Discussions about immigration are heated, even antagonistic. But what happens when supporters and opponents undertake to show more empathy? A study carried out at the University of Geneva reveals that people who support immigration are ready and willing to adopt an empathetic approach and a wider perspective. By contrast, when opponents of immigration are asked to engage in perspective taking, they feel more competition with their ''adversary.'' (2020-10-14)

Empathy prevents COVID-19 spreading
The more empathetic we are, the more likely it is that we will keep our distance and use face masks to prevent coronavirus spreading. This study demonstrates that it is possible to increase our empathy and willingness to follow advice on social distancing and face masks. (2020-10-13)

Men less likely to see food as national security issue amid pandemic
On average, men not only showed less empathy toward temporary agricultural laborers but also were less likely to see food supply and production as national security issues, according to a study led by a Washington State University researcher. (2020-10-08)

From San Diego to Italy, study suggests wisdom can protect against loneliness
Researchers at UC San Diego School of Medicine and University of Rome La Sapienza examined middle-aged and older adults in San Diego and Cilento, Italy and found loneliness and wisdom had a strong negative correlation. The wiser the person, the less lonely they were. (2020-10-01)

The unintended consequence of becoming empathetic
Many people want to become more empathetic. But, these changes in personality may also lead to changes in political ideologies. (2020-09-16)

Binge-drinkers' brains have to work harder to feel empathy for others
New research shows that binge-drinkers' brains have to put more effort into trying to feel empathy for other people in pain. (2020-09-10)

Why obeying orders can make us do terrible things
War atrocities are sometimes committed by 'normal' people obeying orders. Researchers from the Netherlands Institute for Neuroscience measured brain activity while participants inflicted pain and found that obeying orders reduced empathy and guilt related brain activity for the inflicted pain. This may explain why people are able to commit immoral acts under coercion. (2020-08-21)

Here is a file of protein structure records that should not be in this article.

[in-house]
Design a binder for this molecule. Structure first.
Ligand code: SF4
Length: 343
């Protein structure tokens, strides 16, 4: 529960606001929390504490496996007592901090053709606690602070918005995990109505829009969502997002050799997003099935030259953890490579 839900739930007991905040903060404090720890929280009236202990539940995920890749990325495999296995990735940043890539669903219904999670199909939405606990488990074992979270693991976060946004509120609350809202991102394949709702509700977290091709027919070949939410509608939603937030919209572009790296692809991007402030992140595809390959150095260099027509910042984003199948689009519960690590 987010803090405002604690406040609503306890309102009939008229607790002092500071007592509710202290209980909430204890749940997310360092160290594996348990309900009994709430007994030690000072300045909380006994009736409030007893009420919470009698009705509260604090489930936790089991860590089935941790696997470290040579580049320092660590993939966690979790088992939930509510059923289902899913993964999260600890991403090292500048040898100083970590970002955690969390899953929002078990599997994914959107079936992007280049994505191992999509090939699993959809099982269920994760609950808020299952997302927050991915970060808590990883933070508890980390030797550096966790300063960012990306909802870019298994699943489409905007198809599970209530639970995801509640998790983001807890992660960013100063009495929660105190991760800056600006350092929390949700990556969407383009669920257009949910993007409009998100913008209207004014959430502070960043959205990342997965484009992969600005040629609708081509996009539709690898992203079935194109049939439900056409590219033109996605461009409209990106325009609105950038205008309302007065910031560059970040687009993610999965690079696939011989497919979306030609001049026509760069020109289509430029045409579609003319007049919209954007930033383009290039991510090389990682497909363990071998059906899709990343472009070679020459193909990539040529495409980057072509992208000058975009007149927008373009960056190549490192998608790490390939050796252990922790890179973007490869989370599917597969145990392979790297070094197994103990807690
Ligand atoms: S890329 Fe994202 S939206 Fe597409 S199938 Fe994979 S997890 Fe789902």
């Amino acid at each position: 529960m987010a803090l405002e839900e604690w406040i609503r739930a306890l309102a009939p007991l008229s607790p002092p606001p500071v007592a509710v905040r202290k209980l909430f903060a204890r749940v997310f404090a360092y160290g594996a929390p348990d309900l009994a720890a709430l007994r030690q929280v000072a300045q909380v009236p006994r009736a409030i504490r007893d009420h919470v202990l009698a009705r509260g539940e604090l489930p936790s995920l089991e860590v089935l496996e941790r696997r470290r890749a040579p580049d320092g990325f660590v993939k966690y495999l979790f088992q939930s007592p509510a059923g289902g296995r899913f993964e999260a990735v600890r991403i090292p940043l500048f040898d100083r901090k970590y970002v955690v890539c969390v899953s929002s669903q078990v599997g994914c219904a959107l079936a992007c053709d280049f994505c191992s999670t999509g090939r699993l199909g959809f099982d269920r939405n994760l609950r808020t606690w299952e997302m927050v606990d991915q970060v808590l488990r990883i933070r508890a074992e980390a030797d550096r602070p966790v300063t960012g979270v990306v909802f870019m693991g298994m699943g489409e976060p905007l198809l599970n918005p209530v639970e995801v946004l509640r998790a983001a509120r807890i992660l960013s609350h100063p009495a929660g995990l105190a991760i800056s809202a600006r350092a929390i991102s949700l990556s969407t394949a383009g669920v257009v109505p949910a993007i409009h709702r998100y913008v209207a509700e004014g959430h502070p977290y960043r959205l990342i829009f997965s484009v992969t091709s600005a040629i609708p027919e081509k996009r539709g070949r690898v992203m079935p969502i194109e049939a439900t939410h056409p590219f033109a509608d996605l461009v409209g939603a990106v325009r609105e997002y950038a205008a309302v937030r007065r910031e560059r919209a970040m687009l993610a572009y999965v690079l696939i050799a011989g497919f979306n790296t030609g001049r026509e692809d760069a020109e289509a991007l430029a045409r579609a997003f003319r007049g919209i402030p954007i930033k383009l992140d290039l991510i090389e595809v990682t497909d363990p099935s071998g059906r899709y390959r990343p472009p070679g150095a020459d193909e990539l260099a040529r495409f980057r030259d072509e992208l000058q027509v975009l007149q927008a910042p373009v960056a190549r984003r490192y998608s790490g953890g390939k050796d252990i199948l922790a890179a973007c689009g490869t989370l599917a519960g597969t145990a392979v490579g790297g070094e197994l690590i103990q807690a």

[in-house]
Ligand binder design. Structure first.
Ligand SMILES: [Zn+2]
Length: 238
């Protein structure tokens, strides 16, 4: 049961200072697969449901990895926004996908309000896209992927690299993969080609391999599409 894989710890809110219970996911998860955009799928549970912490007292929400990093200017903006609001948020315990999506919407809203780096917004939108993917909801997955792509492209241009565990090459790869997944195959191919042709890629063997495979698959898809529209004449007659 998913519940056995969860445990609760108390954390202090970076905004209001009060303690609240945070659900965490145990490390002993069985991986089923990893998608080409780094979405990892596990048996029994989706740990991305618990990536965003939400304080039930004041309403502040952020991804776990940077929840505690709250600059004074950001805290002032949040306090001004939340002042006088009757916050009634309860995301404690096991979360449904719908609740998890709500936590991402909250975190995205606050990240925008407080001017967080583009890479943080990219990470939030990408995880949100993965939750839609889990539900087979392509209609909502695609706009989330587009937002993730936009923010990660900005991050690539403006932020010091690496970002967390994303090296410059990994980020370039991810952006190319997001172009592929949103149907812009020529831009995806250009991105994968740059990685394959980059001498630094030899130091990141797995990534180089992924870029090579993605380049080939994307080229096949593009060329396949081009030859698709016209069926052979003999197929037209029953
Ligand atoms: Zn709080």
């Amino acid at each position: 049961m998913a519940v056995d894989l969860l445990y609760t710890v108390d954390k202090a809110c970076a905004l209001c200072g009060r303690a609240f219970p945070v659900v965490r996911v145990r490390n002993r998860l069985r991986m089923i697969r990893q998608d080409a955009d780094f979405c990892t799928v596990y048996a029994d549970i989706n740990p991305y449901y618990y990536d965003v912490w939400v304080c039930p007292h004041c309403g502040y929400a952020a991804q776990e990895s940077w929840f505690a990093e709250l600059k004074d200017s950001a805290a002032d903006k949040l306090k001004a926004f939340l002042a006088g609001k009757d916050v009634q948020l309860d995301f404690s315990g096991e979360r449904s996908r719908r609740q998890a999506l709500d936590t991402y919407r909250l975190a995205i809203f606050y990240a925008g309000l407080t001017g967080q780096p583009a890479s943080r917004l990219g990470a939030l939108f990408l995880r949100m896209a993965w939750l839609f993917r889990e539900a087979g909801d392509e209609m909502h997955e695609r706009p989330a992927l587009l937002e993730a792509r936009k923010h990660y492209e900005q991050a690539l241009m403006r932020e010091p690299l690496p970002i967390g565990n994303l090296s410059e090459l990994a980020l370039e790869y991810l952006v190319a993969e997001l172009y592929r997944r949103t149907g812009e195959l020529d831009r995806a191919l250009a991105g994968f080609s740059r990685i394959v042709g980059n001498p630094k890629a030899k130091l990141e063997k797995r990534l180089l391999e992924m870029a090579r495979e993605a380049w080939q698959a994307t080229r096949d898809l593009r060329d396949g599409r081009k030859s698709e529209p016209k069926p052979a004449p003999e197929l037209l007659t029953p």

Dementia education
School-based dementia education could deliver much needed empathy and understanding for older generations as new research from the University of South Australia shows it can significantly improve dementia knowledge and awareness among younger generations. (2020-08-20)

Dignity and respect go a long way in county jail, new research shows
A University of Wisconsin Oshkosh study indicates a little respect and decency can go a long way in improving some aspects of America's criminal justice system. Matt Richie, an assistant criminal justice professor, recently published 'Managing the Rabble with Dignity and Respect,' in the Journal of Crime and Justice, a publication of the Midwestern Criminal Justice Association. His findings reveal a great deal of the work involves interpersonal communication skills rather than physical force. (2020-08-12)

Patient experiences in medical imaging and radiation therapy: The importance of skilled patient care professionals
I went into the MRI bracing for the wave of panic I knew would come as soon as I was strapped down and inside the machine.'' In ''A Tale of Two MRIs'' by patient Lelainia Lloyd, her experiences--good and bad--are shared as part of an upcoming special issue of the Journal of Medical Imaging and Radiation Sciences, published by Elsevier. (2020-08-10)

Make the best of bad reviews by leveraging consumer empathy
When confronted with unfair negative reviews, firms can strategically leverage consumer empathy and benefit from potential downstream consequences. (2020-08-06)

How creating an "empathy lens" makes P2P marketing communications more effective